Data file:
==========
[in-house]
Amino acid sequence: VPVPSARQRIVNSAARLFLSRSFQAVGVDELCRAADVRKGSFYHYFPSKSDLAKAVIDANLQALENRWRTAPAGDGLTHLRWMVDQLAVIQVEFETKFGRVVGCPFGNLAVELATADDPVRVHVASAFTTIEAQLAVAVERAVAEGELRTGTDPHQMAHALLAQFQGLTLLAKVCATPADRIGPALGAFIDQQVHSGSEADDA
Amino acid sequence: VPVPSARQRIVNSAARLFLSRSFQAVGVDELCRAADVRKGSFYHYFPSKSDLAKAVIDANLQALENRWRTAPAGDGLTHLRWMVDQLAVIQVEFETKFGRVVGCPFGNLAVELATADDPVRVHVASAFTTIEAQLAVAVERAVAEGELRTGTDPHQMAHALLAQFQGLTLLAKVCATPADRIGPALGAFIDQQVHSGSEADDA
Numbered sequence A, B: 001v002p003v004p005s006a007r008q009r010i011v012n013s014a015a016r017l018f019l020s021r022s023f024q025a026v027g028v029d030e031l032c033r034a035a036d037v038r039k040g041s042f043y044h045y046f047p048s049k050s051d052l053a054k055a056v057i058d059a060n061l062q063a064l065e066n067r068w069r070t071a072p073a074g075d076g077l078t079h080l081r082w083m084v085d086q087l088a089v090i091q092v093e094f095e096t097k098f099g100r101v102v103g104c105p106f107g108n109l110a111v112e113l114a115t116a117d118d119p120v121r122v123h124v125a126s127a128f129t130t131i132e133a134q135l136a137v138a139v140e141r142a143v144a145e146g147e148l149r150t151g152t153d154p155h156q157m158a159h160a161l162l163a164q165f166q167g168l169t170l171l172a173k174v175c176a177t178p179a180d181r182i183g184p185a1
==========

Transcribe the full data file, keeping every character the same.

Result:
[in-house]
Amino acid sequence: VPVPSARQRIVNSAARLFLSRSFQAVGVDELCRAADVRKGSFYHYFPSKSDLAKAVIDANLQALENRWRTAPAGDGLTHLRWMVDQLAVIQVEFETKFGRVVGCPFGNLAVELATADDPVRVHVASAFTTIEAQLAVAVERAVAEGELRTGTDPHQMAHALLAQFQGLTLLAKVCATPADRIGPALGAFIDQQVHSGSEADDA
Amino acid sequence: VPVPSARQRIVNSAARLFLSRSFQAVGVDELCRAADVRKGSFYHYFPSKSDLAKAVIDANLQALENRWRTAPAGDGLTHLRWMVDQLAVIQVEFETKFGRVVGCPFGNLAVELATADDPVRVHVASAFTTIEAQLAVAVERAVAEGELRTGTDPHQMAHALLAQFQGLTLLAKVCATPADRIGPALGAFIDQQVHSGSEADDA
Numbered sequence A, B: 001v002p003v004p005s006a007r008q009r010i011v012n013s014a015a016r017l018f019l020s021r022s023f024q025a026v027g028v029d030e031l032c033r034a035a036d037v038r039k040g041s042f043y044h045y046f047p048s049k050s051d052l053a054k055a056v057i058d059a060n061l062q063a064l065e066n067r068w069r070t071a072p073a074g075d076g077l078t079h080l081r082w083m084v085d086q087l088a089v090i091q092v093e094f095e096t097k098f099g100r101v102v103g104c105p106f107g108n109l110a111v112e113l114a115t116a117d118d119p120v121r122v123h124v125a126s127a128f129t130t131i132e133a134q135l136a137v138a139v140e141r142a143v144a145e146g147e148l149r150t151g152t153d154p155h156q157m158a159h160a161l162l163a164q165f166q167g168l169t170l171l172a173k174v175c176a177t178p179a180d181r182i183g184p185a1